- Prepare now for the inevitable audit.
- Test compliance now to eliminate headaches (or litigation) later.
Despite pandemic-driven limitations, health systems can still find ways to optimize revenue cycle and generate income. When health systems improve and prioritize patient access through a patient-centered access center, they can improve the revenue cycle performance through decreased referral leakage, better patient trust, and optimum communication across hospital departments. Rather than relying on traditional revenue cycle improvement tactics, health systems should consider three ways a patient-centered access center can positively impact revenue cycle performance:
- Advance access.
- Optimize resources.
- Engage stakeholders.
With COVID-19 challenges continuing in the near-future, health systems must continue delivering quality care in the midst of the pandemic, without compromising financial well-being. Historical approaches to revenue cycle add value but fail to leverage data to drive financial sustainability in a time of crisis. To financially survive tumultuous economic times, health systems must leverage data to drive a more comprehensive revenue cycle strategy. Five best practices generate the actionable data that allows health system leaders to understand financials at a nuanced level, promoting effective processes that lead to financial sustainability and optimum revenue cycle management:
- Identify and measure the right metrics.
- Define clear lines of accountability.
- Create consistent workflows.
- Define key performance indicators.
- Understand the right metrics at the right place at the right time.
In addition to driving COVID-19 understanding within the United States, a national disease registry is informing research beyond U.S. borders. Clinicians with the Singapore Ministry of Healthcare Office for Healthcare Transformation (MOHT) have used Health Catalyst Touchstone® COVID-19 data to develop a machine learning tool that helps predict the likelihood of COVID-19 mortality. With this national data set that leverages deep aggregated EHR data, the MOHT accessed the research-grade data it needed to build a machine-learning algorithm that predicts risk of death from COVID-19. The registry-informed prediction model was accurate enough to stand up to comparisons in the published literature and promises to help inform vaccine research and, ultimately, allocation of vaccines within populations.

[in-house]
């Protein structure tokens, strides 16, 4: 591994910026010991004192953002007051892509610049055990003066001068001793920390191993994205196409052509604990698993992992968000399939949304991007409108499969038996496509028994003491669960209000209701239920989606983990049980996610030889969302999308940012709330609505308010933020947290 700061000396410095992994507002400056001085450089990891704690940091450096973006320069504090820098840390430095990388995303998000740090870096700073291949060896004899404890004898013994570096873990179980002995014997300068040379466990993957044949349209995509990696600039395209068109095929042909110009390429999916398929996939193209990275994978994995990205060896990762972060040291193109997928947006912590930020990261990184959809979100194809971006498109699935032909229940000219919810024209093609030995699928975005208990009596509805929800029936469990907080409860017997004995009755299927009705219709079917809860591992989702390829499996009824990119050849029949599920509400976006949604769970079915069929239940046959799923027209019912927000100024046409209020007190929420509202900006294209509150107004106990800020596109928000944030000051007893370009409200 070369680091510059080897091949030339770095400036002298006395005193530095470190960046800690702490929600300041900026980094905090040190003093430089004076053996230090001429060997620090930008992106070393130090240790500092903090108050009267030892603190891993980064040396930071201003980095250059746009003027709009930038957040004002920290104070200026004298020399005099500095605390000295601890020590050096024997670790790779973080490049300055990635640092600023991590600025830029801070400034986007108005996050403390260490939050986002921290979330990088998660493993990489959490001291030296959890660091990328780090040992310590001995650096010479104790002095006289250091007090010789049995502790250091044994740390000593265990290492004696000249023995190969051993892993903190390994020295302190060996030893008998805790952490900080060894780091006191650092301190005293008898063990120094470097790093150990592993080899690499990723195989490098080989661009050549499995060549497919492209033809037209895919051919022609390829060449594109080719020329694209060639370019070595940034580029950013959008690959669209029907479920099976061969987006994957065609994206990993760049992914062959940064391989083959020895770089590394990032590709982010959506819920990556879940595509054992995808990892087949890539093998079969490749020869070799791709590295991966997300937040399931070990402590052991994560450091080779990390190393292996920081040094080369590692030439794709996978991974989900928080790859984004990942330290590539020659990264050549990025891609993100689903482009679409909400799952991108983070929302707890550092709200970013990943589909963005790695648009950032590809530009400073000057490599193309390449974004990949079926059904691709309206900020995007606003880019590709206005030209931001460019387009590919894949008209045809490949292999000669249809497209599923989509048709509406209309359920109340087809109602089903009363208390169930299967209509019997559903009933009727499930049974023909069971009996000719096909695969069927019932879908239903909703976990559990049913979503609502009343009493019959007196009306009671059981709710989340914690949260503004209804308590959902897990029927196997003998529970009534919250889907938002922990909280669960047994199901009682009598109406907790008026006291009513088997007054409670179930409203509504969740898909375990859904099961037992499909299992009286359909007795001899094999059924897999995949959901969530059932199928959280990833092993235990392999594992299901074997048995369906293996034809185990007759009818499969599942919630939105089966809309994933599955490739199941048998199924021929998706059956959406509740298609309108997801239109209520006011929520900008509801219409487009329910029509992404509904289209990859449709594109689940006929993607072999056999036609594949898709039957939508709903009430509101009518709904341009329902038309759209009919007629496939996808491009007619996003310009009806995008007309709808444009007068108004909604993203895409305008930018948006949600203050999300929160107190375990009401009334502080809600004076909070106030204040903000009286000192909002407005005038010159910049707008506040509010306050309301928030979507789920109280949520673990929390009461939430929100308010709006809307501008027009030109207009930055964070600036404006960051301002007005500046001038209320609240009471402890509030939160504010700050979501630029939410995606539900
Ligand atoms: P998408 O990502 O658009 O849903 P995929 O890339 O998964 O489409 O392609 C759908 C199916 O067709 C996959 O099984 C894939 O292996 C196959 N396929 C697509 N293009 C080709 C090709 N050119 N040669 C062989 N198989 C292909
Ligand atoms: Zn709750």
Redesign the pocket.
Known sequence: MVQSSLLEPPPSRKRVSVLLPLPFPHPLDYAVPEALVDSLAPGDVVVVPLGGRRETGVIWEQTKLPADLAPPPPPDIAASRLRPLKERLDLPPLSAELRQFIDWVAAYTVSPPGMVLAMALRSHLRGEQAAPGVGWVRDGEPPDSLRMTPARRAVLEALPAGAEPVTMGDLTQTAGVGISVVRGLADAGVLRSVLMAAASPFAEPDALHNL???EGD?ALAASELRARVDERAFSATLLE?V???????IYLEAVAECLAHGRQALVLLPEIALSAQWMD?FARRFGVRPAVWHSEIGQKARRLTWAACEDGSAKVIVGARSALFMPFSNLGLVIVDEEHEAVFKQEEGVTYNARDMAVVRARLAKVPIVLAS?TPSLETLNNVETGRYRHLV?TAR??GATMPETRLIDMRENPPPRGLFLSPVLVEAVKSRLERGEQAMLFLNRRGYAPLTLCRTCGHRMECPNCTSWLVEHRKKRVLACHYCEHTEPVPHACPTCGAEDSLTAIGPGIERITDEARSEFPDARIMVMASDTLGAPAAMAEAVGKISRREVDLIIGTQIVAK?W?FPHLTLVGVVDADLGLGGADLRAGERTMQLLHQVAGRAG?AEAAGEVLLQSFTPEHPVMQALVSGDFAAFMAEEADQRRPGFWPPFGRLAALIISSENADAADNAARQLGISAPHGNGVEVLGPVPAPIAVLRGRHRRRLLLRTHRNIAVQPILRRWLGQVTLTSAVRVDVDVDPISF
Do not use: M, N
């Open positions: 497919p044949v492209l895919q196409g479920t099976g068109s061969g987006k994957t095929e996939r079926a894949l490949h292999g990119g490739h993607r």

COVID-19 response and recovery is pushing healthcare to operate at an unprecedented level. To meet these demands and continue to improve outcomes and lower costs, healthcare analytics must perform more actionably and with broader organizational impact than ever. Health systems can follow four strategies to produce high-value analytics to withstand the pandemic and make healthcare better in the long term:
- Minimize benchmarking.
- Outsource regulatory reporting.
- Grow risk-based stratification capabilities.
- Run activity-based costing plus at-risk contracting.
Comprehensive COVID-19 understanding is a critical asset for adapting to pandemic needs, directing resources, developing vaccines, and planning for surges in a timely, informed manner. Because common barriers have impeded the progress of comprehensive data repositories, researchers have relied on surveillance data from population-level viral testing, which has proven insufficient. To significantly advance COVID-19 understanding, the medical community needs a digital patient registry that captures national-level data on how the virus impacts individuals differently according to comorbidities, lifestyle factors, and more. These essential insights lie in real-world evidence, which a registry can only deliver when it applies value sets to leverage clinical and claims data from health systems across the United States.